Arson charges are serious criminal charges that can result in extremely severe legal penalties. In fact, an arson conviction can land you up to 20 years in prison, and even threatening arson can have serious legal repercussions. If you or someone you care about is facing arson charges, understanding the common ill-conceived motivating factors behind such crimes may help you defend yourself.
Average, law-abiding citizens do not resort to arson to solve their problems or make their points. If you find yourself facing arson charges, disassociating yourself from the following common motivating factors could play a key role in your defense:
Personal or Political Interests
Sometimes, an arsonist is motivated by political and/or personal interests. For example, a person who burns down an apartment building in a misguided attempt to highlight exactly how unsafe he or she thought the building was in the first place is motivated by personal interests. Further, arsonists have been known to attack Planned Parenthood buildings for overtly political reasons.
Sometimes, a person who lacks personal checks-and-balances becomes so unhinged by anger that he or she resorts to arson as a means of exacting extreme revenge.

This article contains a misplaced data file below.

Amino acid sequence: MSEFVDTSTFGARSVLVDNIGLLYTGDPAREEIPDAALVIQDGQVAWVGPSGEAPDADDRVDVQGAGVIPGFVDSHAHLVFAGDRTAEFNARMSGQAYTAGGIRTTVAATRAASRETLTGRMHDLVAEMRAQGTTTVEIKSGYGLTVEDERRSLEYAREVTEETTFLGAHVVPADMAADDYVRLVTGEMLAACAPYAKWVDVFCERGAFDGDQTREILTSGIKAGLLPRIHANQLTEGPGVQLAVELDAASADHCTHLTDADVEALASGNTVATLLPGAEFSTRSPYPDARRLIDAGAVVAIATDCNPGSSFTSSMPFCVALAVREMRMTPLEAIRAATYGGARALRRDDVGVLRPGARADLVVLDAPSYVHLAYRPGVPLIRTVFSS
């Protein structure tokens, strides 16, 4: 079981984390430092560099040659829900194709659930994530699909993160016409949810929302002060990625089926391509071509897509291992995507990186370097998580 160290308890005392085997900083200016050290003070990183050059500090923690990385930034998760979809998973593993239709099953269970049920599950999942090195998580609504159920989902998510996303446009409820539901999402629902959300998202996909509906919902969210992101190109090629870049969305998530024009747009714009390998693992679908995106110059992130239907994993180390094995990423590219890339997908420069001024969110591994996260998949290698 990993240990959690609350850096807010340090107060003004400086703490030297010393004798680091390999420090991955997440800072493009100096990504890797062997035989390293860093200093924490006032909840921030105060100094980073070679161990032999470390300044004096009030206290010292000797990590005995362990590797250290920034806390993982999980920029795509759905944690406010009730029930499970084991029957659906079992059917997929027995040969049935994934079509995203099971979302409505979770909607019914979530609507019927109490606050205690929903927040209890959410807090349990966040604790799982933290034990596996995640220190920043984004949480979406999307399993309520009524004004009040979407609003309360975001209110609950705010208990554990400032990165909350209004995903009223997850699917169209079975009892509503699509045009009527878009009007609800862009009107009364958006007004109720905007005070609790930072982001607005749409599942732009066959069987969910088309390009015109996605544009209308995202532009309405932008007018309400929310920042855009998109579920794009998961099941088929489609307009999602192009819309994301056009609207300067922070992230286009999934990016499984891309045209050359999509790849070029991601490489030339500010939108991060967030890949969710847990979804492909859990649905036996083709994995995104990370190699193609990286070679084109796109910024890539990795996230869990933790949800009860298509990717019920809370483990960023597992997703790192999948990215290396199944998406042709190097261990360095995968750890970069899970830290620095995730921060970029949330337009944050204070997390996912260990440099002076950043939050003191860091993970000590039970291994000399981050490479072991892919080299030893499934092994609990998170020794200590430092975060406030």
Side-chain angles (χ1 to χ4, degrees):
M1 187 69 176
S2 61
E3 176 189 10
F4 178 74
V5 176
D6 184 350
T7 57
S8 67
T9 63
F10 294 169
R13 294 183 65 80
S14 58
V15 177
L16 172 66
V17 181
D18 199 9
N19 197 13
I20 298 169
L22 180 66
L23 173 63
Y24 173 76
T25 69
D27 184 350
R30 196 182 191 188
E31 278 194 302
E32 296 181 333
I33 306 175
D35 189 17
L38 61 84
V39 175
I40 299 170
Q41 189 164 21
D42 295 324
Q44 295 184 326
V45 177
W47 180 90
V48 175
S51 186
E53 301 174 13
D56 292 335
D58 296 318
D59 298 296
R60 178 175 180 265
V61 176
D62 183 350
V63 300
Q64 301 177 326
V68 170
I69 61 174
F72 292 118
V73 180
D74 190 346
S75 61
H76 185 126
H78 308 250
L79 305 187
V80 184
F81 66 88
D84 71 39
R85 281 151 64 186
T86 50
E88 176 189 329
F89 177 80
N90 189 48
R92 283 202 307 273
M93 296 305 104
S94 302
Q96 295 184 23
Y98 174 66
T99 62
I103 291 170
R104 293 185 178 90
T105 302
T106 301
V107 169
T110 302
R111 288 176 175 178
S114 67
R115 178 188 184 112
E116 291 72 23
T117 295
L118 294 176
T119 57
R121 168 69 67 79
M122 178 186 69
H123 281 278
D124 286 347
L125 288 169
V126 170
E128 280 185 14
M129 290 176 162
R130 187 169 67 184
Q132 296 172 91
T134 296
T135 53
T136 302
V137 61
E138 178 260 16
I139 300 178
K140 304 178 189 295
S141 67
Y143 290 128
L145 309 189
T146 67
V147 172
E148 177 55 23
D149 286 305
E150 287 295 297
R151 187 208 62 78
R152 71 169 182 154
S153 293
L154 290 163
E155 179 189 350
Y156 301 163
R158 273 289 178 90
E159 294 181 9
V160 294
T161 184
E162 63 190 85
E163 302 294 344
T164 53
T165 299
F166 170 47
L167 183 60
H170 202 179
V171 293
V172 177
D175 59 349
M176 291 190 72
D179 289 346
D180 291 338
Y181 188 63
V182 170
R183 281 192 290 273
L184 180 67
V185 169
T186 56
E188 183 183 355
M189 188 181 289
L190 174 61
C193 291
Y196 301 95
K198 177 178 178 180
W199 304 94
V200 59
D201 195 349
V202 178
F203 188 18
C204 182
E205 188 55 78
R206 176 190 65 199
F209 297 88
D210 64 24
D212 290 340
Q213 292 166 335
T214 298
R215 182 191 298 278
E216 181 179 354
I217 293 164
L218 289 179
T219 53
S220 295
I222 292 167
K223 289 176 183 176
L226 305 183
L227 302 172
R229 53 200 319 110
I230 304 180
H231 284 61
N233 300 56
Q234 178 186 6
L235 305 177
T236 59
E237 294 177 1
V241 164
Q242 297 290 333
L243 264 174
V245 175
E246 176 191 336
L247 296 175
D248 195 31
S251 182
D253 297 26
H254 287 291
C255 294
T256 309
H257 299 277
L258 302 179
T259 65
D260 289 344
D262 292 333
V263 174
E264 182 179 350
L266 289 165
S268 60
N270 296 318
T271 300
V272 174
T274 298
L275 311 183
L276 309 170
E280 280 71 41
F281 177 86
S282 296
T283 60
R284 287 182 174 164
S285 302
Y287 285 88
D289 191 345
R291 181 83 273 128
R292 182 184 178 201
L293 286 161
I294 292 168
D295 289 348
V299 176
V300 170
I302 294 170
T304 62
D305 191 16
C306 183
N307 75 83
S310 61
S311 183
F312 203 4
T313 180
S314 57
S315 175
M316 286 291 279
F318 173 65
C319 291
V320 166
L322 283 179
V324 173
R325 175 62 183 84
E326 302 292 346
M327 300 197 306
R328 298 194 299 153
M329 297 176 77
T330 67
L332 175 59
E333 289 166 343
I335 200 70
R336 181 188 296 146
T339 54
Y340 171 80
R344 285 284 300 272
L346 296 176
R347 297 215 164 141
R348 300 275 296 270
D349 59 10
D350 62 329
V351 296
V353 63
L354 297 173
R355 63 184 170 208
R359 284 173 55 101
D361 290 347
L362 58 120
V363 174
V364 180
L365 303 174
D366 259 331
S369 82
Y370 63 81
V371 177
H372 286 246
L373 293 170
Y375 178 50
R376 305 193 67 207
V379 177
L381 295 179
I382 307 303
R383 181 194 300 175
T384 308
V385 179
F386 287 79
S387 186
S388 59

Motivated by Money
Sometimes, arson is motivated by monetary gain. Property owners typically insure their assets against fire. When such an asset fails to become a going concern (or is no longer a going concern), some owners (admittedly, very few) resort to arson in an effort to recoup their financial losses. Additionally, some arsonists have set properties alight in attempts to frame property owners for arson.
Motivated to Cover Up
Sometimes, fires are set in an effort to burn evidence relevant to another crime. For example, if a perpetrator has committed a robbery, violent crime, or murder on a property, he or she might resort to arson to erase any trace of his or her illegal actions.
The fact is that not all damaging and dangerous fires are set intentionally, but this does not mean that blame cannot be assigned in certain situations. If a fire results in property damage or personal injury in the State of Texas, there are only two instances when it is not considered arson, and these include:
- The fire was a controlled burn.
- Official authorization was obtained prior to setting the fire.
To be convicted of arson in Texas, you must have either had the intention of setting the fire in question or have acted recklessly – starting a fire while under the influence of alcohol and/or drugs, for example.